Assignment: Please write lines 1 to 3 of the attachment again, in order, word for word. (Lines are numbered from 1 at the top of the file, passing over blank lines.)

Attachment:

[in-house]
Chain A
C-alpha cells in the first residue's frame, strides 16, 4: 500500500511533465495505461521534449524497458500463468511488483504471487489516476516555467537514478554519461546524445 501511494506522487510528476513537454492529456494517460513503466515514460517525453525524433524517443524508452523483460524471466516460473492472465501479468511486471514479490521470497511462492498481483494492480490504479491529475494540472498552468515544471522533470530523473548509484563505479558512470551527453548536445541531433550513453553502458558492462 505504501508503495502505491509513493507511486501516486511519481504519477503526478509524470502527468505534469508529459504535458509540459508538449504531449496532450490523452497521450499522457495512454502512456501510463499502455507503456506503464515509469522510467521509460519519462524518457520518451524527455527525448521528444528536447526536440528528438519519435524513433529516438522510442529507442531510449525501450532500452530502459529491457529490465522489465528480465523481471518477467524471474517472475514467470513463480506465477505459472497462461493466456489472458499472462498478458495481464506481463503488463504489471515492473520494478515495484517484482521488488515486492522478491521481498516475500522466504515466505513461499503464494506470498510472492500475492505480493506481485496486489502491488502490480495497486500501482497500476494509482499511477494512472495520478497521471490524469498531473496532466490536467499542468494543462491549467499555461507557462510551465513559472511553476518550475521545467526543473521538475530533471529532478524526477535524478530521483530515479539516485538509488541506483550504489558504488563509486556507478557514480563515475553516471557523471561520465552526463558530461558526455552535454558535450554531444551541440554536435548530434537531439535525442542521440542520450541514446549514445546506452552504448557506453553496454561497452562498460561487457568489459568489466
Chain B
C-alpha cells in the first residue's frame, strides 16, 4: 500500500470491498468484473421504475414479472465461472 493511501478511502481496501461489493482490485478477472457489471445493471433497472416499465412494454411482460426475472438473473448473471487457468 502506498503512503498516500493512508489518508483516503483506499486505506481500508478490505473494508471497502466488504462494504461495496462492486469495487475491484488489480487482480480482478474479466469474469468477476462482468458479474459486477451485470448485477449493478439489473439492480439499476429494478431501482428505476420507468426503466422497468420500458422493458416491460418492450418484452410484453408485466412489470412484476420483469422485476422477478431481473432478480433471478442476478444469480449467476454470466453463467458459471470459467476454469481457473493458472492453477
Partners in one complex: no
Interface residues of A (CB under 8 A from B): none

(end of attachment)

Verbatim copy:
[in-house]
Chain A
C-alpha cells in the first residue's frame, strides 16, 4: 500500500511533465495505461521534449524497458500463468511488483504471487489516476516555467537514478554519461546524445 501511494506522487510528476513537454492529456494517460513503466515514460517525453525524433524517443524508452523483460524471466516460473492472465501479468511486471514479490521470497511462492498481483494492480490504479491529475494540472498552468515544471522533470530523473548509484563505479558512470551527453548536445541531433550513453553502458558492462 505504501508503495502505491509513493507511486501516486511519481504519477503526478509524470502527468505534469508529459504535458509540459508538449504531449496532450490523452497521450499522457495512454502512456501510463499502455507503456506503464515509469522510467521509460519519462524518457520518451524527455527525448521528444528536447526536440528528438519519435524513433529516438522510442529507442531510449525501450532500452530502459529491457529490465522489465528480465523481471518477467524471474517472475514467470513463480506465477505459472497462461493466456489472458499472462498478458495481464506481463503488463504489471515492473520494478515495484517484482521488488515486492522478491521481498516475500522466504515466505513461499503464494506470498510472492500475492505480493506481485496486489502491488502490480495497486500501482497500476494509482499511477494512472495520478497521471490524469498531473496532466490536467499542468494543462491549467499555461507557462510551465513559472511553476518550475521545467526543473521538475530533471529532478524526477535524478530521483530515479539516485538509488541506483550504489558504488563509486556507478557514480563515475553516471557523471561520465552526463558530461558526455552535454558535450554531444551541440554536435548530434537531439535525442542521440542520450541514446549514445546506452552504448557506453553496454561497452562498460561487457568489459568489466